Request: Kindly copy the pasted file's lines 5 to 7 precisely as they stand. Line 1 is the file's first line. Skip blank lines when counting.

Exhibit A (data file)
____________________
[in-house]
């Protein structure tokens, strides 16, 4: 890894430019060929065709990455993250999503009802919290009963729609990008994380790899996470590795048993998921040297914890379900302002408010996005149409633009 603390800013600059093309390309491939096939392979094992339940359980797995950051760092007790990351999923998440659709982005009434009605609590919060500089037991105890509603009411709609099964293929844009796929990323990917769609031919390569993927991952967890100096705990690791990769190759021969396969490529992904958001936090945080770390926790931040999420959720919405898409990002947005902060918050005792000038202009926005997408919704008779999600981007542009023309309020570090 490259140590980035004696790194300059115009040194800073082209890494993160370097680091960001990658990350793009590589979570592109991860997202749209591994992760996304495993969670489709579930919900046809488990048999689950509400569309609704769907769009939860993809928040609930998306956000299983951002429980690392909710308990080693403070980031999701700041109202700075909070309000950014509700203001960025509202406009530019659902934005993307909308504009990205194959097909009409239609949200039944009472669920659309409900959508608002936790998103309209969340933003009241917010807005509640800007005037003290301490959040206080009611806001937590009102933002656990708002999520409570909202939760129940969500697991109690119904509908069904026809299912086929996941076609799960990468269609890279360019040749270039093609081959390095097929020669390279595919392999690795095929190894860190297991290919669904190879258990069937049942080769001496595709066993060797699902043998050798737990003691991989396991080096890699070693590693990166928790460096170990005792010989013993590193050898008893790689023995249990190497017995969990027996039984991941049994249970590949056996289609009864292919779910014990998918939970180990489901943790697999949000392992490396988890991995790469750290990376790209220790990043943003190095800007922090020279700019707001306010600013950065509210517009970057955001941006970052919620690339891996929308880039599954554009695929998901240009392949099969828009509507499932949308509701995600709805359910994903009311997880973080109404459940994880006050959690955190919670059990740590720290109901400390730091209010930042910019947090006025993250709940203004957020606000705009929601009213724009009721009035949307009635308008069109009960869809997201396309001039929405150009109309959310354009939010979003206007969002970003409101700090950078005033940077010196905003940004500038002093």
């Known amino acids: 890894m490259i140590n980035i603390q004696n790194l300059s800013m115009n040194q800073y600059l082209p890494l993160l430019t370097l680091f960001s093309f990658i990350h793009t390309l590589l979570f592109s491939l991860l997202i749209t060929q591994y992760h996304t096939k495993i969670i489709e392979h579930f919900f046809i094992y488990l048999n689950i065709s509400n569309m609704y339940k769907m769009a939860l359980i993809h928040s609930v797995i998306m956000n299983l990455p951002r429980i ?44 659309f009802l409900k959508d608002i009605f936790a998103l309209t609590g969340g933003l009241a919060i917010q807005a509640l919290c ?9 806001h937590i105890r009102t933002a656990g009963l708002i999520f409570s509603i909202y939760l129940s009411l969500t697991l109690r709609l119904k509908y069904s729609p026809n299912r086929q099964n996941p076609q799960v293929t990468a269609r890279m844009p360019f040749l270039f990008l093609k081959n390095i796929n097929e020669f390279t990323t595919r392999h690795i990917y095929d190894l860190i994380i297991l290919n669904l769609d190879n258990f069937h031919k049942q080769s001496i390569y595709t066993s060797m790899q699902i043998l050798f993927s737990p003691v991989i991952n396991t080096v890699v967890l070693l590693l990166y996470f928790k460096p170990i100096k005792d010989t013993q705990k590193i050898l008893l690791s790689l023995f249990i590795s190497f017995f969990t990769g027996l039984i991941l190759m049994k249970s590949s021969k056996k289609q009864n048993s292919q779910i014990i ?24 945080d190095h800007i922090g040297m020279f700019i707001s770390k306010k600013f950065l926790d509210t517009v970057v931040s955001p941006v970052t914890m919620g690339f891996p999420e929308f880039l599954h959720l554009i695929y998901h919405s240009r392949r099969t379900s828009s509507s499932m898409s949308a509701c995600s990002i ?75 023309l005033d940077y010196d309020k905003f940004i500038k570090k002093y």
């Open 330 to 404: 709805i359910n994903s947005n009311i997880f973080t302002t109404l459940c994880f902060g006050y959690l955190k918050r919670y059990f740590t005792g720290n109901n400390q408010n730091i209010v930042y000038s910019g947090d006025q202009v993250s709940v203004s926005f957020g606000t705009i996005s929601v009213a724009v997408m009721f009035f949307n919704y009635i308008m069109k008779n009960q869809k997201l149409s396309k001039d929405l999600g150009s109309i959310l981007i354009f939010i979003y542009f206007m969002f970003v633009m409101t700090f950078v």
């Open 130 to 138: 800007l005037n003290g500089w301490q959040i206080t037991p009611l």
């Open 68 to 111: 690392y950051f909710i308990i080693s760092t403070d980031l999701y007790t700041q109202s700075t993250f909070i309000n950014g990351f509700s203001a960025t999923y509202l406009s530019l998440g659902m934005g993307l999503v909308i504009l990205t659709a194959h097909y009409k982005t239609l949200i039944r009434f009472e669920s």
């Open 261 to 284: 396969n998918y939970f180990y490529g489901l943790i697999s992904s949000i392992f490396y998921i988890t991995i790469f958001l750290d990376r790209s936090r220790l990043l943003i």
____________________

């Open 130 to 138: 800007l005037n003290g500089w301490q959040i206080t037991p009611l």
């Open 68 to 111: 690392y950051f909710i308990i080693s760092t403070d980031l999701y007790t700041q109202s700075t993250f909070i309000n950014g990351f509700s203001a960025t999923y509202l406009s530019l998440g659902m934005g993307l999503v909308i504009l990205t659709a194959h097909y009409k982005t239609l949200i039944r009434f009472e669920s």
């Open 261 to 284: 396969n998918y939970f180990y490529g489901l943790i697999s992904s949000i392992f490396y998921i988890t991995i790469f958001l750290d990376r790209s936090r220790l990043l943003i």